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Opinions Oct. 3, 2012

October 3, 2012
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7th Circuit Court of Appeals posted no opinions by IL deadline.

Indiana Supreme Court and Tax Court posted no opinions by IL deadline.

Indiana Court of Appeals

Steven B. Steele v. State of Indiana
49A05-1202-CR-54
Criminal. Affirms denial of motion to suppress. Evidence Rule 617 does not apply in this case because the police officer’s interrogation of Steele did not occur in a place of detention. The rule also does not explicitly or implicitly impose an affirmative duty on law enforcement officers to transport a person to a place of detention before conducting a custodial interrogation.

Deborah A. Cleveland, as Personal Representative of the Estate of Robin W. Cleveland v. Clarian Health Partners, Inc.
49A02-1110-CT-948
Civil tort. Affirms denial of Cleveland’s motion to correct error and for relief from judgment on her malpractice complaint. Cleveland may argue surprise in a witness’s purported change in testimony for the first time on appeal, but based on the facts of the case, the trial court did not abuse its discretion in denying her motion to correct error or for relief from judgment. Cannot say on this record that a doctor’s trial testimony was so different from her deposition testimony that it invoked any duty on the party of Clarian to amend under Trial Rule 26(E)(2) or that Clarian committed misconduct under Trial Rule 60(B)(3).

Billy G. Ray v. Connie A. Ray (NFP)
41A05-1203-DR-130
Domestic relation. Reverse court order with respect to the amount of Billy Ray’s child support obligation and remands for the court to hold a new hearing to determine his obligation, and whether Connie Ray is entitled to attorney fees for this appeal. Affirms denial of Billy Ray’s petition to modify custody and the court’s decision to modify his parenting time.
 
David J. Morton v. State of Indiana (NFP)
10A05-1202-CR-63
Criminal. Affirms conviction and sentence for Class B felony burglary.
 

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  1. Hail to our Constitutional Law Expert in the Executive Office! “What you’re not paying attention to is the fact that I just took an action to change the law,” Obama said.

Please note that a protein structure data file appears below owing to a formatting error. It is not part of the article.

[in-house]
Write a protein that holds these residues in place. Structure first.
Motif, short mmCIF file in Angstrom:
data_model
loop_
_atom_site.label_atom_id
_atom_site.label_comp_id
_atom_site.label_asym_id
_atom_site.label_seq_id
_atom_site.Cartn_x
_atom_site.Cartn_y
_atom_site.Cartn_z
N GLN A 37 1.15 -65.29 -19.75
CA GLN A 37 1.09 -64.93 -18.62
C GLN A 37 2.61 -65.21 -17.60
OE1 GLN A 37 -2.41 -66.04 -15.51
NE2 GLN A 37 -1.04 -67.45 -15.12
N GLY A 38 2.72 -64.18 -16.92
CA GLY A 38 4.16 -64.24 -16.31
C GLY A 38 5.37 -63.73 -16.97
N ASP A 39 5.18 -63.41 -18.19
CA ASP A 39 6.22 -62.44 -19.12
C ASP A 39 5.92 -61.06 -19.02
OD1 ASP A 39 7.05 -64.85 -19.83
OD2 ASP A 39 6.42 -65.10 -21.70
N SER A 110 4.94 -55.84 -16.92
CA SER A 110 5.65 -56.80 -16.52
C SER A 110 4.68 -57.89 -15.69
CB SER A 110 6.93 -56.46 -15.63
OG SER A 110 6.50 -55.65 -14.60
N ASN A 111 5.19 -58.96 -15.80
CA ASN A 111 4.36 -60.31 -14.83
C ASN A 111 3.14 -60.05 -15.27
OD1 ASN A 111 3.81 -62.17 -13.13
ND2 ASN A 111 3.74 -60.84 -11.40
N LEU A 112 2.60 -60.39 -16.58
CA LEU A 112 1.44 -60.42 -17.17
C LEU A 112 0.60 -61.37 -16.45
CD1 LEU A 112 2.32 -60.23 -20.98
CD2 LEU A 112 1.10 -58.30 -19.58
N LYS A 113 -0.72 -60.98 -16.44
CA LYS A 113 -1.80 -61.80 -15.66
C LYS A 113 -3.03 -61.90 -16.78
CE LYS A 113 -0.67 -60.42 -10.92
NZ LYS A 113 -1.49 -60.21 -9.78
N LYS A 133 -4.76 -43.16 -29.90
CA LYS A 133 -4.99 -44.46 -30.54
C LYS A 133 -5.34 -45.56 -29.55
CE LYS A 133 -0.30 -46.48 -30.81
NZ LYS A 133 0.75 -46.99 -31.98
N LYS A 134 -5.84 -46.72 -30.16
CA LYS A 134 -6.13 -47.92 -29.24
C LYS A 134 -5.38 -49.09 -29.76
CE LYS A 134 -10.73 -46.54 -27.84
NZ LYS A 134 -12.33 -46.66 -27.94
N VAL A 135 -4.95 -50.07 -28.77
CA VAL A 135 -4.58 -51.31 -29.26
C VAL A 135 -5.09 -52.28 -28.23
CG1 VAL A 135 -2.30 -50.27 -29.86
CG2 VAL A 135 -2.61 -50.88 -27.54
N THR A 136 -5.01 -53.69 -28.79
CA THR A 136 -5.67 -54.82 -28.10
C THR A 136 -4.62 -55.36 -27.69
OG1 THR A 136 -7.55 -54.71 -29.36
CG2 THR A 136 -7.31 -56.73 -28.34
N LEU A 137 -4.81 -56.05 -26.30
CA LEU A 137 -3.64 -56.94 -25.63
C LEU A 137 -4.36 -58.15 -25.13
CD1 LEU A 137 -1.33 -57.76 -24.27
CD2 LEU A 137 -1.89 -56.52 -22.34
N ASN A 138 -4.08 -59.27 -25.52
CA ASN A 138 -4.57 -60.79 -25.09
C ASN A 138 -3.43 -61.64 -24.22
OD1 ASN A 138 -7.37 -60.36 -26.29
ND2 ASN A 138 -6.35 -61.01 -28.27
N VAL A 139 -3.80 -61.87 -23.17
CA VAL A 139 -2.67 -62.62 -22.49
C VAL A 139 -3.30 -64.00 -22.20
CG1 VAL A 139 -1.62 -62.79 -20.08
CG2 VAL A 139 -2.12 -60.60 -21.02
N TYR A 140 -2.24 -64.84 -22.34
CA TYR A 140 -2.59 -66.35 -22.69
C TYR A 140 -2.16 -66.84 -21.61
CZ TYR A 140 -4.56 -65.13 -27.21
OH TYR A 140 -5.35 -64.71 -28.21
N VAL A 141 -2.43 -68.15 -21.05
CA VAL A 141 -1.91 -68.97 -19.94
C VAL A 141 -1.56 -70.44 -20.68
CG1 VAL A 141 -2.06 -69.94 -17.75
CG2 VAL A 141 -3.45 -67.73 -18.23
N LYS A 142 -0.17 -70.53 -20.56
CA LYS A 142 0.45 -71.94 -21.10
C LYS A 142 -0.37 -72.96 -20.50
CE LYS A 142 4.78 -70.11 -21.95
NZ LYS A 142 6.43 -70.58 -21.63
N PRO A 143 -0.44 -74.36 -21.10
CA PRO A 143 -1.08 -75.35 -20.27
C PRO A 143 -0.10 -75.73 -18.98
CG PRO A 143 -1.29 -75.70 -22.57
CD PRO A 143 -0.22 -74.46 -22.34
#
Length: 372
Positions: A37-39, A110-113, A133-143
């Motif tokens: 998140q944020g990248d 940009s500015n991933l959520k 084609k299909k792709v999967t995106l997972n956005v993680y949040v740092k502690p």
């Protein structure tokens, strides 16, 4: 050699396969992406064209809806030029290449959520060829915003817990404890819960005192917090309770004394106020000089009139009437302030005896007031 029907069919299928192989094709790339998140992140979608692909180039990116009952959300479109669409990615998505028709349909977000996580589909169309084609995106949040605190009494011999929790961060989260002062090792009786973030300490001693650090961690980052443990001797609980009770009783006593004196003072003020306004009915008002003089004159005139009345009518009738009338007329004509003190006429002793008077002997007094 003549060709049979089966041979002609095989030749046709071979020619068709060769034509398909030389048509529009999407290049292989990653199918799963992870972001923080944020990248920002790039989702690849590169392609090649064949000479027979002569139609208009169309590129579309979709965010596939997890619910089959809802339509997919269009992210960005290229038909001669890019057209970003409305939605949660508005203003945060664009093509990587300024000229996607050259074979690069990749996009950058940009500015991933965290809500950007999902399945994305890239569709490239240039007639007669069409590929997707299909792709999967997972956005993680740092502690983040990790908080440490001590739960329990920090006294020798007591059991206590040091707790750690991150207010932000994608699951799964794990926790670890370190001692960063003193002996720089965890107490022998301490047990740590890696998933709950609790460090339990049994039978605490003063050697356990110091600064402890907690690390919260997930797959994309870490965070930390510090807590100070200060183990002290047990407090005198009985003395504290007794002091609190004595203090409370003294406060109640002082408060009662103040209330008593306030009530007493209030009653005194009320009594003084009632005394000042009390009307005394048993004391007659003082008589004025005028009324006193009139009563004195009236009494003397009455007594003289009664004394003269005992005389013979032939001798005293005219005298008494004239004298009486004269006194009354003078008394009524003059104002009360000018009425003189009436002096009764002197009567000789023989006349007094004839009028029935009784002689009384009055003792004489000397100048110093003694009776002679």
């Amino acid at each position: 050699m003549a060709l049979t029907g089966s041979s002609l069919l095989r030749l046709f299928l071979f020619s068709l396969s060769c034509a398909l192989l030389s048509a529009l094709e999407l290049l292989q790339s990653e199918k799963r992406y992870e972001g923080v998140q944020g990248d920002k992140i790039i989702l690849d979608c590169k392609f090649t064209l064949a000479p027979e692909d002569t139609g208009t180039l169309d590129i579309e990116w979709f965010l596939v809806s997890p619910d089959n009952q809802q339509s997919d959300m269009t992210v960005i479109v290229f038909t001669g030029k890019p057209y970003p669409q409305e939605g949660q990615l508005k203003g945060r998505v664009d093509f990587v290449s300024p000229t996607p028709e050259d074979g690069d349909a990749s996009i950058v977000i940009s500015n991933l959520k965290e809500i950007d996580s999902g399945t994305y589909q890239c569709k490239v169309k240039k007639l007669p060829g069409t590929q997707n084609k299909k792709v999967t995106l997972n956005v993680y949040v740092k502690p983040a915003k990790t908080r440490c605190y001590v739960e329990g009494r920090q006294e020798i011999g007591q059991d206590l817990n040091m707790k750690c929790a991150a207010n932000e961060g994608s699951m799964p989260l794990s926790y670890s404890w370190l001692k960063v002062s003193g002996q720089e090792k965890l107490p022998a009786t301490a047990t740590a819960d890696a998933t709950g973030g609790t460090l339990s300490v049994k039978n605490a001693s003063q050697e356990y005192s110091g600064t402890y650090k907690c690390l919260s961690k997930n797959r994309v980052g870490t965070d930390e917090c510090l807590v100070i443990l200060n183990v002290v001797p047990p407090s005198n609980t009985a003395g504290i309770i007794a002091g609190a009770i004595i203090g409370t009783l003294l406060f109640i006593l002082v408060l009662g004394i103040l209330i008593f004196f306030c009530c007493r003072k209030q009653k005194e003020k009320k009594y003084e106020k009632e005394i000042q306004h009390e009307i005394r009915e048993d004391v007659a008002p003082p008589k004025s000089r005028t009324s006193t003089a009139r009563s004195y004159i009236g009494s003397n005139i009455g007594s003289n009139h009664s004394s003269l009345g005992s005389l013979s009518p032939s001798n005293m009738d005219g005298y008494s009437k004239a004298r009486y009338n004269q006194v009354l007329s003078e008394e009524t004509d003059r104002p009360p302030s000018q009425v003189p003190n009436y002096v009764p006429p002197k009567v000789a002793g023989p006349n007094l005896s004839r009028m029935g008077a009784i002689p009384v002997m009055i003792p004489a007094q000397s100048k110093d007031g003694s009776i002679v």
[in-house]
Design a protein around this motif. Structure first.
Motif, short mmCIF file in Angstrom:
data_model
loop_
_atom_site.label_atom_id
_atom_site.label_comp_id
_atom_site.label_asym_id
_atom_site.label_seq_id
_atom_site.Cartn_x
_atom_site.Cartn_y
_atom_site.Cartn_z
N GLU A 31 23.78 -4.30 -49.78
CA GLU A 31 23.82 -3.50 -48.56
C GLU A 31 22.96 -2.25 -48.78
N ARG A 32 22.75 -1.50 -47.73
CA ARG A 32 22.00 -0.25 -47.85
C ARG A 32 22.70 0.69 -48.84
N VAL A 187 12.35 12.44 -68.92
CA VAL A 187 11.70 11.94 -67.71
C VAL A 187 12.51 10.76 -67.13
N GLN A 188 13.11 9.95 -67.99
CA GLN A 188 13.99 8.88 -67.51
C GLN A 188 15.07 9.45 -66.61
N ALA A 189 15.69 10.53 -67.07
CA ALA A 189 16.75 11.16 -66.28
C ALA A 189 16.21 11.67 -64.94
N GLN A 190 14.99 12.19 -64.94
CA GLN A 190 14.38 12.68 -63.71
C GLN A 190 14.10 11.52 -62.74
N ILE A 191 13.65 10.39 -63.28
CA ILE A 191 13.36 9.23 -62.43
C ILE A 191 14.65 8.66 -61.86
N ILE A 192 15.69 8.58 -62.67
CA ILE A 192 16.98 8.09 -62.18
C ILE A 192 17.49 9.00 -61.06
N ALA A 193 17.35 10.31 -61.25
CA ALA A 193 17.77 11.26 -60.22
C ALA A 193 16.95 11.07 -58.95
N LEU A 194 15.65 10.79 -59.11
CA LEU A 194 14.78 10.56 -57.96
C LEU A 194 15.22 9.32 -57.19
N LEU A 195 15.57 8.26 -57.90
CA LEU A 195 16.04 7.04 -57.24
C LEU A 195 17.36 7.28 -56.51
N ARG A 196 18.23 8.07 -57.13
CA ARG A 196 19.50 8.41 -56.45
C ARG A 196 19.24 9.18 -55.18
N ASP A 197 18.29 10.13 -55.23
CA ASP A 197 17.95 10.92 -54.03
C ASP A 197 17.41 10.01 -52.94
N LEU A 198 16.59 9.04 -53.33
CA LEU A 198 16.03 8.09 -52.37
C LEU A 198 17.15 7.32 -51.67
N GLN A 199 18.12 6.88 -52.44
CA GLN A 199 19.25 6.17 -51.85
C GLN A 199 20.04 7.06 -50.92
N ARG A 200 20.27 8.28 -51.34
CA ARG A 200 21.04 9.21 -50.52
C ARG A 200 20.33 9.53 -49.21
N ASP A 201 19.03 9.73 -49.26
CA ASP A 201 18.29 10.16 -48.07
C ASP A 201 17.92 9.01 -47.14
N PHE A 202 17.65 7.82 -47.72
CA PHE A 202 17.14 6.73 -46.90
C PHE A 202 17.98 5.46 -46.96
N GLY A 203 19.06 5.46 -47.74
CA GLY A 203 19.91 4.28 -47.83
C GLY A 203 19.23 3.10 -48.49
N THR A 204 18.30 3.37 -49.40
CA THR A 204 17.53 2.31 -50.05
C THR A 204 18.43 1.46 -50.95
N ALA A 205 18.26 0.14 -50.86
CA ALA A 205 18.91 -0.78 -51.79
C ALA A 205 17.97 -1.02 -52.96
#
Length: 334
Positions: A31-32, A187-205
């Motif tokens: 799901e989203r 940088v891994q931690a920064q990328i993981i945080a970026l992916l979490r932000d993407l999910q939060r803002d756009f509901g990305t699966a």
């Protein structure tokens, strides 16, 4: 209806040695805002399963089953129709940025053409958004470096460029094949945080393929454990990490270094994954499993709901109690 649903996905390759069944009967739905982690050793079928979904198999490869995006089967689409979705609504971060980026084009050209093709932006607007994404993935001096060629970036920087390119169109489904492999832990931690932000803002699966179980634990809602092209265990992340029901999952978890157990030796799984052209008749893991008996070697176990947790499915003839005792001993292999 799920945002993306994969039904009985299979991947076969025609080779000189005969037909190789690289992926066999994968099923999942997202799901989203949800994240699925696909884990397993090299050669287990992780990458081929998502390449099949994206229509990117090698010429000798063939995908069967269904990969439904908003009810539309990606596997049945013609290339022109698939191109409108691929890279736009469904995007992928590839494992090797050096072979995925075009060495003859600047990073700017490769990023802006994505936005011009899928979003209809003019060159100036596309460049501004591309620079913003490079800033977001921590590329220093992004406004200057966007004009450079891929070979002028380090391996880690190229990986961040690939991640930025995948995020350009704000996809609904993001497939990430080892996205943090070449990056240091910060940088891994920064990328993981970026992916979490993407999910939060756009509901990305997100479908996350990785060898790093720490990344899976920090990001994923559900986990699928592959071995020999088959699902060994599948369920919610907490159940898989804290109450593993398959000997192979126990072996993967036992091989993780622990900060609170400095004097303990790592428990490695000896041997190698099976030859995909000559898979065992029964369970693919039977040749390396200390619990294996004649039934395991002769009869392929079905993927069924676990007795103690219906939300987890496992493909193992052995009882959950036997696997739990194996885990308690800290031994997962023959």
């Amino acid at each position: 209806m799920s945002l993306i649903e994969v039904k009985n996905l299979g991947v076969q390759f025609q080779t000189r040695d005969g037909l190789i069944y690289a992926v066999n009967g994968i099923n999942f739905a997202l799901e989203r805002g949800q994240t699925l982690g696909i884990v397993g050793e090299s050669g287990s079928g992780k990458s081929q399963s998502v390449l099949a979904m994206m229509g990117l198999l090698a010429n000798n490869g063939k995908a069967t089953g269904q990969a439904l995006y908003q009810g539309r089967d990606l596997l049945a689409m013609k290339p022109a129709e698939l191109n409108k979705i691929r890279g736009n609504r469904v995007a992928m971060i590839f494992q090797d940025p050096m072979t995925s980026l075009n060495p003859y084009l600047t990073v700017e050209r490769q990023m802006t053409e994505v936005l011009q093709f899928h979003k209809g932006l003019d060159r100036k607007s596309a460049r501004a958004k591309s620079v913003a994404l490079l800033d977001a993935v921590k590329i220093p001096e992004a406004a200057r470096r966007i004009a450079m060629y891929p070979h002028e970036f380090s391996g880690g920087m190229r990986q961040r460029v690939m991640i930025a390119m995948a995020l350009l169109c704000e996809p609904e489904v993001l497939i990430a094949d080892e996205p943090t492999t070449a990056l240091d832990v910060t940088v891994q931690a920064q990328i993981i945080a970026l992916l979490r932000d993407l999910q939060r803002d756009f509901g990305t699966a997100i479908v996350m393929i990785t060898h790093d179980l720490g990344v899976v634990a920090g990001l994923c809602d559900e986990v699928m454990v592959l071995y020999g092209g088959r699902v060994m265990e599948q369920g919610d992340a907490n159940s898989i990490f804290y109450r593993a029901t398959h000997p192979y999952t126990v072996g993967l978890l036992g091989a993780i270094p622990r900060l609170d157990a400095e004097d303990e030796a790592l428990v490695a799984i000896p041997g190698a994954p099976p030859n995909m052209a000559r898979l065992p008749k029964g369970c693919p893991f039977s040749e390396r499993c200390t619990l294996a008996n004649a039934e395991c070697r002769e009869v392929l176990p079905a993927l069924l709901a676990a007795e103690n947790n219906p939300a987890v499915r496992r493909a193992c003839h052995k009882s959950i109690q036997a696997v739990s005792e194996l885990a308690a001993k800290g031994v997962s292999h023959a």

2. What is this, the Ind Supreme Court thinking that there is a separation of powers and limited enumerated powers as delegated by a dusty old document? Such eighteen century thinking, so rare and unwanted by the elites in this modern age. Dictate to us, dictate over us, the massess are chanting! George Soros agrees. Time to change with times Ind Supreme Court, says all President Snows. Rule by executive decree is the new black.

  3. I made the same argument before a commission of the Indiana Supreme Court and then to the fedeal district and federal appellate courts. Fell flat. So very glad to read that some judges still beleive that evidentiary foundations matter.

  4. KUDOS to the Indiana Supreme Court for realizing that some bureacracies need to go to the stake. Recall what RWR said: "No government ever voluntarily reduces itself in size. Government programs, once launched, never disappear. Actually, a government bureau is the nearest thing to eternal life we'll ever see on this earth!" NOW ... what next to this rare and inspiring chopping block? Well, the Commission on Gender and Race (but not religion!?!) is way overdue. And some other Board's could be cut with a positive for State and the reputation of the Indiana judiciary.

  5. During a visit where an informant with police wears audio and video, does the video necessary have to show hand to hand transaction of money and narcotics?

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